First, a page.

Knowledge, Attitudes, and Practices Regarding Bullying in Early Childhood

Grant Winners

  • Nurit Sheinberg, Ed.D. – Mailman Segal Center for Human Development
  • Thomas Kennedy, Ph.D. – Abraham S. Fischler School of Education
  • Lorraine Beffni, Ed.D. – Mailman Segal Center for Human Development
  • Meline Kevorkian, Ed.D. – Office of Academic Affairs
  • Siddika Mulchan, M.A. – Center for Psychological Studies

Deans

  • Roni Leiderman, Ph.D. – Mailman Segal Center for Human Development
  • H. Wells Singleton, Ph.D. – Abraham S. Fischler School of Education

Abstract

Award Winners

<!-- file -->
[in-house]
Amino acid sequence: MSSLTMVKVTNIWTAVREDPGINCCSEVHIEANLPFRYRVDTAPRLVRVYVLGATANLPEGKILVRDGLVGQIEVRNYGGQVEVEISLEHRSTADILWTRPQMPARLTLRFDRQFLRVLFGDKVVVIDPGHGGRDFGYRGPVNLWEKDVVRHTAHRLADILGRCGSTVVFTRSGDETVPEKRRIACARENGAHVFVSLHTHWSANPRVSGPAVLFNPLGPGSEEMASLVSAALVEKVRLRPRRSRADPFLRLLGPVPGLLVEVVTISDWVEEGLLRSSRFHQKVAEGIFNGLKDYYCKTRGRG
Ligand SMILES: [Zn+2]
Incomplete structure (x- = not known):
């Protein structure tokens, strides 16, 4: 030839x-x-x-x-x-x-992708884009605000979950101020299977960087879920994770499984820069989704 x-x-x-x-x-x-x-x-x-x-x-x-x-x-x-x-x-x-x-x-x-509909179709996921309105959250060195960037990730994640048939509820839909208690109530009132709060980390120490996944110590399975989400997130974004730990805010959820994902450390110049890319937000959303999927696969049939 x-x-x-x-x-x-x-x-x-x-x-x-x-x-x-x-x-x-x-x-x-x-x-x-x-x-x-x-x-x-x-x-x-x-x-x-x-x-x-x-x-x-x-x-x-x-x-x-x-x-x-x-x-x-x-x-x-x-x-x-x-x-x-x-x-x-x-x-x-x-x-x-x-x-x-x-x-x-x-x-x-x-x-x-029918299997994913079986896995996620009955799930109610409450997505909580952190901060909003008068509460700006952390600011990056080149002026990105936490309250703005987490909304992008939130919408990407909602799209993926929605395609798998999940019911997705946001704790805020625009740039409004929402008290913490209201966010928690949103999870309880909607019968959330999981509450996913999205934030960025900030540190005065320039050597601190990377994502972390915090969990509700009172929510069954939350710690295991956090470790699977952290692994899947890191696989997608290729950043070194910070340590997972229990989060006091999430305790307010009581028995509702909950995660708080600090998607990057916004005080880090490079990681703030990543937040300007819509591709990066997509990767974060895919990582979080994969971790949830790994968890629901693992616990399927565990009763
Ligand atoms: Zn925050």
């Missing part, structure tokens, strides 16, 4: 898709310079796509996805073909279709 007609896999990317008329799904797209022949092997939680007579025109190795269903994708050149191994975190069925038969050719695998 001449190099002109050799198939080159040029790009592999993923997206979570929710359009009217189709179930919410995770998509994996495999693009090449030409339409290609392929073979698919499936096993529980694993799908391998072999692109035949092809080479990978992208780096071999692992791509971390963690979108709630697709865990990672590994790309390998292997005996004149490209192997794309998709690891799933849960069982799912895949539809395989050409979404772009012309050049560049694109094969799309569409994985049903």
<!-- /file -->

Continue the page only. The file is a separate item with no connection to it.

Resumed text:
Bullying is regarded as a serious problem that affects many children and is associated with significant psychosocial and academic adjustment difficulties for both the victims and perpetrators (Salmivalli, 2010). Past research has found evidence demonstrating that preschoolers can engage in a range of bullying behaviors; however, the information we have in this this age group is limited in both scope and depth (Vlachou et al., 2011). Early identification and elimination of social difficulties and bullying behaviors within the preschool period can prevent escalation in later years and reduce their negative impact on children's future social, emotional, and academic development (Vlachou et al., 2011). Preschool teachers play a crucial role in this process; however, there is a lack of research in terms of preschool teachers' knowledge, attitudes and practices related to bullying behaviors. This information is critical in order to develop effective prevention programs. The goal of this study is to address some of these limitations by exploring preschool teachers' knowledge and attitudes regarding bullying behaviors in early childhood programs. Three hundred early education staff, including administrators, teachers, and teacher's aids, working with children aged two to five years in Palm Beach, Broward, and Miami-Dade County will participate in the study. Participants will be asked to complete an anonymous survey that will include questions and vignettes addressing their knowledge, attitudes, and practices regarding bullying behavior in preschool classrooms. Descriptive statistics will be used to analyze their responses to those questions. In addition, Pearson product-moment correlation and regression coefficients will be estimated to examine the relationship between the question variables and demographic and socio-cultural factors at teacher and school level. Statistical analyses will be performed using SPSS statistics. Statistically significant analyses will be deemed significant if the probability of a Type II error is p < .05.